Most lenders understand that recent graduates might not have established credit and income; so, some might look into spending history to see what kind of financial habits a borrower has developed. Others might take a look at the type of degree earned. An engineering degree might fare differently than a philosophy degree.
As is the case with many kinds of loans, the better your credit, the better rate you’ll receive. If you are currently paying off your student loans, then you are an excellent candidate for any lender. However, if you are far behind on your loan repayment schedule, you might not qualify for student loan refinancing.
Try to get back on track with Income Based Repayment – meaning, 10% of your income goes toward student loans. For example, whether you make $30,000 or $50,000 per year, your loan payments each month reflect 10% of your income. Although you can always try to learn how to make money fast and pay off your debts quicker.
Finally, if you are working toward the Public Service Loan Repayment plan, it’s a good idea to stick with that. After 10 years, your loans are completely forgiven. There isn’t a better deal out there.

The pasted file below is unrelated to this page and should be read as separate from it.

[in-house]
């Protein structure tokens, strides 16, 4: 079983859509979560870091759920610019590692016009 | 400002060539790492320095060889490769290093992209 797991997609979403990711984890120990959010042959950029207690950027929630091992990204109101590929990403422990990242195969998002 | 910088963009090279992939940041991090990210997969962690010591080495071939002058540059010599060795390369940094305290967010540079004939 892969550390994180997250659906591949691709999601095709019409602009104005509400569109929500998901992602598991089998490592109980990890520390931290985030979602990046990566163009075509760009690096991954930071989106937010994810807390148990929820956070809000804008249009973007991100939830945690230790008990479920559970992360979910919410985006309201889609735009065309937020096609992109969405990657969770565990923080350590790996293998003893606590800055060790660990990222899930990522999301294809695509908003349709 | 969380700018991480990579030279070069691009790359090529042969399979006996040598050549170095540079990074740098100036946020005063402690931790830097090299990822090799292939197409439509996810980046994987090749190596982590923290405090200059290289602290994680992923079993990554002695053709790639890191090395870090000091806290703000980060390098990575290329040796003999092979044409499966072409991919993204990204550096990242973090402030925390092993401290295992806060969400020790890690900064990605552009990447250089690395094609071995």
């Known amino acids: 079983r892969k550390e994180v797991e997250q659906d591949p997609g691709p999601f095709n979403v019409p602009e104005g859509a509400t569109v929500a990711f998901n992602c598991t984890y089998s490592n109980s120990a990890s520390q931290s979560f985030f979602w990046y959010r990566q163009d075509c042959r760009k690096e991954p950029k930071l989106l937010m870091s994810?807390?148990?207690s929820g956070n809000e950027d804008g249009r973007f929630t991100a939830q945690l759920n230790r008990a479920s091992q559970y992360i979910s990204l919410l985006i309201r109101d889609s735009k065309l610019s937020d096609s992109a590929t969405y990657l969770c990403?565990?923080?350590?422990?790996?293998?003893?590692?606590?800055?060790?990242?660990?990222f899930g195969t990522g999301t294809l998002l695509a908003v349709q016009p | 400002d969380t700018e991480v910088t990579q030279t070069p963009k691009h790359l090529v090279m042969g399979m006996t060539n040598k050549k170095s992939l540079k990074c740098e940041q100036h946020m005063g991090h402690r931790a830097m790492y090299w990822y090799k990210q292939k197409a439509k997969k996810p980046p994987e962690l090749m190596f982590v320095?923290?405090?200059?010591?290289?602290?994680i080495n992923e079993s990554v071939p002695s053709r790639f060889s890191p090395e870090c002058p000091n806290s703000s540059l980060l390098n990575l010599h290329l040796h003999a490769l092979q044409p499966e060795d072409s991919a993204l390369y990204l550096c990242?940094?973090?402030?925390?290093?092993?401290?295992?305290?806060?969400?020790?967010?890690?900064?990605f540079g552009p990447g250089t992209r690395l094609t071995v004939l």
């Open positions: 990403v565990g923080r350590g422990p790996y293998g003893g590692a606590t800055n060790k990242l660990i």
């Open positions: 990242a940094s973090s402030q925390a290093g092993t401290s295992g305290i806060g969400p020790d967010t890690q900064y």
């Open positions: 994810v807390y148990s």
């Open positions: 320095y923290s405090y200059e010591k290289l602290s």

Other Considerations and Options
While researching refinancing options, check out whether an employer offers loan reimbursement. While less than 5% of employers offer this awesome perk, it’s worth a shot.
More options are being added to the pool every day. With the Student Loan Genius’s 401(k) Contribution Student Loan Benefit, a handful of employers are collaborating with finance companies and private lenders to give employees other options with regard to refinancing.
Finally, keep an eye out for scams related to student loans. There are so many hustlers out there that it’s easier than you think to fall prey to someone who looks to capitalize on a vulnerable population. Just remember, if it seems too good to be true, it probably is.
Should You Refinance Your Student Debt?
Whether you should refinance, consolidate, or keep your current debt terms depends on a combination of factors that are unique to each borrower. How much does the borrower owe and how much have you already paid off? How good is your credit? What is the borrower’s current and projected income? These are all important considerations during the refinancing process. Explore your refinance and consolidation options to see what is best for you.